Dedicated implementation structures are being established to support the reform programme. Earlier this month, it was announced that the new Sláintecare Programme Office will be led by Ms Laura Magahy and a Sláintecare Advisory Council will be put in place, chaired by Dr Tom Keane. The Sláintecare Implementation Strategy lays out the full set of robust governance structures that are being put in place to ensure successful delivery of reform.
In recognition of the central role of the Programme Office, the Executive Director of the Sláintecare Programme Office will be tasked with refining the Implementation Strategy into a more detailed Action Plan within three months of taking office. This will include a review of the actions and associated timeframes, the development of detailed milestones and timelines for year one and the assignment of responsibility for each action.
An Taoiseach Leo Varadkar said,
We know that our health and social care services as currently designed cannot meet the growing demands being placed on them. Our population is changing rapidly, bringing with it changing healthcare needs. There is overwhelming consensus that a transformation is needed in the way we deliver care and that this must be planned, managed and delivered within a coherent system wide reform programme.
The publication of the Sláintecare Implementation Strategy today signals the Government’s intention to deliver a transformational reform of the health system over the next decade. It provides the framework for a significant programme of change and improvement to achieve the long term vision as set out in the Sláintecare report.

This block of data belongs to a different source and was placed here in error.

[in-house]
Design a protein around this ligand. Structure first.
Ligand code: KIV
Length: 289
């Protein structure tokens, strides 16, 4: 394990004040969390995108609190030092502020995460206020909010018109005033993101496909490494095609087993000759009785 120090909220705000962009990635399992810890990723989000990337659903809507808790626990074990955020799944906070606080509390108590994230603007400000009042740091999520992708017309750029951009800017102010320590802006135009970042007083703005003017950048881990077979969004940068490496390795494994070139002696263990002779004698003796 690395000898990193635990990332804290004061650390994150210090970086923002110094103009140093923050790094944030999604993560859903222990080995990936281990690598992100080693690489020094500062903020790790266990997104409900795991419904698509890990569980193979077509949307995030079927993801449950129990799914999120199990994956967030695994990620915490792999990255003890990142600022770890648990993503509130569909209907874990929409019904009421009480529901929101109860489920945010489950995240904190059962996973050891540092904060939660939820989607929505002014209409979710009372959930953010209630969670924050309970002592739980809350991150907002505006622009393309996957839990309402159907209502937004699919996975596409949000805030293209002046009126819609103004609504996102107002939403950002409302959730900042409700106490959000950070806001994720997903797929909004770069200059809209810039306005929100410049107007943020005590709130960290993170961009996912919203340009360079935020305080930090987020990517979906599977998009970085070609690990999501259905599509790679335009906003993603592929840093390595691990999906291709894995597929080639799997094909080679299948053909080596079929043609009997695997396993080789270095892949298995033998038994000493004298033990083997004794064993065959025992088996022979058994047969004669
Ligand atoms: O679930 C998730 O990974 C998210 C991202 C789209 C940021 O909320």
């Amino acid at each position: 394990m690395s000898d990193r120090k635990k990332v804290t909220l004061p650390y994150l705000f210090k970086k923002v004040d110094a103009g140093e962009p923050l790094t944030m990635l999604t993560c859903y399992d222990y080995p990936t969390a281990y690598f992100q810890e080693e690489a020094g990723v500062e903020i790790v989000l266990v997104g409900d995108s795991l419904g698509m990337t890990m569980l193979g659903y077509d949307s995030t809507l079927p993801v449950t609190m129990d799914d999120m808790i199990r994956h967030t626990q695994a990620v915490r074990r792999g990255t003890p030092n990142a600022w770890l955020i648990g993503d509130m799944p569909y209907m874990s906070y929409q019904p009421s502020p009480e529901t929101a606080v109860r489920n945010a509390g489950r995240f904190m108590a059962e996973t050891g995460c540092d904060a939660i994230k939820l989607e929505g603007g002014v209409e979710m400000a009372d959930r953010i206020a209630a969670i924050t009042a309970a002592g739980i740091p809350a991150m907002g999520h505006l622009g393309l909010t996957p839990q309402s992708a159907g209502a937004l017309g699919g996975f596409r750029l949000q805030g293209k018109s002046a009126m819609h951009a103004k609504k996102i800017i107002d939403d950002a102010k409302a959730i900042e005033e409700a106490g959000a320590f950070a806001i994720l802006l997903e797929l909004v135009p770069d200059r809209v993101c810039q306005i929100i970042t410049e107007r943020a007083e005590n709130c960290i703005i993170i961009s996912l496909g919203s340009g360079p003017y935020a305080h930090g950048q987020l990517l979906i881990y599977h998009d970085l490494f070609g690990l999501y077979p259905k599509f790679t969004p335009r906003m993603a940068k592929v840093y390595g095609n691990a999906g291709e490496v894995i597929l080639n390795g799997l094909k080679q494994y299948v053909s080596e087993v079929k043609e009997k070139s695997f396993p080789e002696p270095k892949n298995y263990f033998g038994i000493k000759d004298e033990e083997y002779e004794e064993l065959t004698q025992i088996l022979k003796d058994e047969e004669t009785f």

Minister Harris said,
The Implementation Strategy being published today outlines a sustainable programme of reform for the coming years. It is firmly rooted in the vision and underpinning principles of the Sláintecare report. The reform programme reaches right across all health services, and will be complex. These changes won’t happen overnight, and it is essential to get the sequencing of reform right to minimise interference with ongoing service delivery and to put in place the necessary enablers and building blocks for reform including infrastructure and supports for the health workforce.
Earlier this month, we made two key appointments to lead this reform programme. Today, we are publishing the strategy that will guide implementation over the coming three years. These represent key foundations for taking this reform programme forward.
Engagement of the health workforce and the public will be a priority throughout the reform process and the development of an engagement strategy will be one of the first actions undertaken by the Programme Office. Success will depend on a broad coalition - spanning politicians, all health service professionals and staff, patients and the public - to unite behind this plan. I look forward to working with the many stakeholders to deliver it and to engagement starting in the coming weeks.
Laura Magahy, new Director of the Sláintecare Programme Office said,
I welcome the mandate which the Government’s agreement has given to driving forward the Implementation Strategy for Sláintecare. I look forward to commencing the work of developing it into a detailed Action Plan, working with service users and service providers, in order to confirm the status, sequencing, responsibility, and resourcing of all the Actions, when I take up my position in September.
Dr Tom Keane, Chairperson of the Sláintecare Advisory Council said,
Similar to other countries, the Irish health system needs to radically change if it is to properly meet the health needs of the population. Strong leadership, clear governance and effective engagement of stakeholders across the health sector will be essential to successful reform, as will a long-term vision for health policy that remains constant from government to government – that is what Sláintecare represents.